Shortly before setting off on a trip to fish the Elandspad stream near Cape Town and the upper Olifants River in the Witzenberg Mountains near Clanwilliam, Ed Herbst asked me to try three flies he had tied, a Squirmy Wormy, his version of what Jeremy Lucas calls a Plume Tip, but which is also known as a Shuttlecock, and his Simulid Nymph, an all-synthetic combination of beads, wire and UV light-cured acrylic resin.
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Two of Stephen Dugmore’s split cane rods used on this trip.
I tried both the Shuttlecock and the Squirmy Wormy but have to say with little success. The water levels, were quite low and I found the Squirmy quite a heavy fly. It lands with a serious plop so you need to cast it well ahead of where you think a fish might be. I think for me it might be better as a bigger water fly - maybe the Sterkspruit or Kraai Rivers in Barkly East.
The Squirmy Wormy – a rubber version of the San Juan Worm
Gog and Magog (above) the rock formations on the Elandspad where Stephen Dugmore fished the Squirmy Wormy and, below, an unimpressed Elandspad rainbow trout.
I was surprised not to have more luck with the Shuttlecock. Gordon van der Spuy has been achieving significant success with it of late and it has almost supplanted the Para RAB in his affections.
Ed’s version uses two delicate rubber filaments – “Tentacles” marketed by the Montana Fly Company – as tails and they add significant movement. They are separated by Demmon Hot Spot thread covered with UV epoxy. The thorax of the fly, below the CDC feathers, is made with black Razor Foam to give the top half of the fly increased buoyancy.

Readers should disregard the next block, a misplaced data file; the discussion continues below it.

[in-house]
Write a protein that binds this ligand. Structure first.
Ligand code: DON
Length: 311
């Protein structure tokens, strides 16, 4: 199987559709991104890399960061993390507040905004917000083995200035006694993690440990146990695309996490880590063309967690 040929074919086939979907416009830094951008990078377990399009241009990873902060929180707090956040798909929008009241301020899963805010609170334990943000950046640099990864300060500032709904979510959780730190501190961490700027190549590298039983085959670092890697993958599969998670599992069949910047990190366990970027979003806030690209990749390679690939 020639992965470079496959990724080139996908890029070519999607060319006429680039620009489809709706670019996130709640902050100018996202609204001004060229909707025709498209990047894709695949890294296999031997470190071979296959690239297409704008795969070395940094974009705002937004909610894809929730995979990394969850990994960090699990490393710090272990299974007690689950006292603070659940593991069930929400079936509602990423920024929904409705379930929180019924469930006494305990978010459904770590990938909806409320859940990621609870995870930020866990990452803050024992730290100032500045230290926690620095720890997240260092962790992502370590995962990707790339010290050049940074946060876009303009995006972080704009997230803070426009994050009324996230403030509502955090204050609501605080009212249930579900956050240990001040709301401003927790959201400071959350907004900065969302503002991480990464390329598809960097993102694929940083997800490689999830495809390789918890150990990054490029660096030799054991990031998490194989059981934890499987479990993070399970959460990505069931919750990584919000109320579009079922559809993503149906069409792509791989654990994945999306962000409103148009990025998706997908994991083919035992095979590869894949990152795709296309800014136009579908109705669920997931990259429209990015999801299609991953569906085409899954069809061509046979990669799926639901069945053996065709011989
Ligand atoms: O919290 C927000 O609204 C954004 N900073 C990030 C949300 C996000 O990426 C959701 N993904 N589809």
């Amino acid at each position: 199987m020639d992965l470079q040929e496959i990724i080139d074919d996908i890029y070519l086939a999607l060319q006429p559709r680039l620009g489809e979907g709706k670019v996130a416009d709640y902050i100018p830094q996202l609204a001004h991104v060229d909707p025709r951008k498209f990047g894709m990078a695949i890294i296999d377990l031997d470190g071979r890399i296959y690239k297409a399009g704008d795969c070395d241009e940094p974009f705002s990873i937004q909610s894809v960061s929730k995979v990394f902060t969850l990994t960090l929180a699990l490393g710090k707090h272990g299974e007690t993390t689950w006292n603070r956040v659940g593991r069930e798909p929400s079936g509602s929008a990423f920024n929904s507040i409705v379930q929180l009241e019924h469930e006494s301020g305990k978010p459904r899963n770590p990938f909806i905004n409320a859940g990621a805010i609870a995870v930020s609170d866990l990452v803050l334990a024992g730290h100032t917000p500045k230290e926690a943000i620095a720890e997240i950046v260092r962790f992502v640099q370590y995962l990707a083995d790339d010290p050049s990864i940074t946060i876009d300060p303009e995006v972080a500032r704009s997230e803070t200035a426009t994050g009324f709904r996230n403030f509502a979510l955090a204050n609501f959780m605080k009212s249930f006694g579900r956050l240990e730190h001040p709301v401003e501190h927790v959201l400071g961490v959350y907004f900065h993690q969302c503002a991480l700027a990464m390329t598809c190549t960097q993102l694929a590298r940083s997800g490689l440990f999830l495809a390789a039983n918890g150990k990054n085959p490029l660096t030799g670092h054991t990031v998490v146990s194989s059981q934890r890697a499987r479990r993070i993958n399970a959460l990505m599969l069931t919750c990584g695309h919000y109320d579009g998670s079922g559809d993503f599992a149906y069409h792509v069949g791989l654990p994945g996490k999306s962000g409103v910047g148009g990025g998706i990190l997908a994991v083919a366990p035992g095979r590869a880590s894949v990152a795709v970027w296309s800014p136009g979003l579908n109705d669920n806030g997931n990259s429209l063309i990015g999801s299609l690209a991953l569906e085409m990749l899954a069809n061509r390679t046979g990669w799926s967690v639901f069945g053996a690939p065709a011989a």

At first it sits beautifully in the water and looks very edible.
Ed Herbst’s rubber-tailed version of the Plume Tip/Shuttlecock.
After a while the CDC feathers – three in this case - start getting wet and then the fly starts to sink. I tried dusting it with Loon 'Top-Ride' desiccant powder, but I found the body then floats as well which defeats the purpose. I am going to give it another try next time.
I think a possible improvement to the fly might be if you could get a tiny bit of weight into the tail to pull the fly into a more vertical stance – Swiss CDC master Mark Petitjean uses a few turns of silver wire at the bend of the hook on his emerger patterns for this purpose - so that the fly sits upright even when dusted with floatant. Possibly more of a taper to the rest of the body would also be good and maybe a turn of CDC under the shuttle or something like that to give it a little bit of a halo and movement in the thorax area. Ed points out that he ties this fly on the Orvis straight eye, big eye hook so that it can be combined with a stop knot such as the Surgeon’s Swivel. The fly is then free to pivot on the tippet which holds it vertically in the water – a technique first exploited by Frank Sawyer in his Bow Tie Buzzer and subsequently used by Ed in his Hanging Emerger pattern
Camouflage – a brown trout on the Upper Olifants River
I had some success with a delicate little Para RAB tied by Gordon van der Spuy. As a test I tried it over exactly the same water as the Shuttlecock and generally got more interest on the Para RAB.
An Olifants River brown trout which took the Para RAB
With the water so low on the upper Olifants, it wasn't great for nymphing so I didn't use the Simulid Nymph there.
Split cane on the Upper Olifants
On the Elandspad I forgot to take the Shuttlecocks (which I had stuck in my other hat). I tried the Squirmy Wormy for a short while but again with little success.
An Elandspad rainbow trout which took the Simulid Nymph
Ed Herbst’s Simulid Nymph
But the Simulid! Wow, that was something. I fished it on a dropper under a Paraloop dry. The fish ate it like mad. I got a few on the dry, but the fish clearly really liked the Simulid more. On almost every cast the Paraloop would dip under. What a treat. It is definitely going to be my go-to dropper fly from now on.
( To see more of Stephen’s fly rods visit his website at http://www.freestonerods.co.za/ )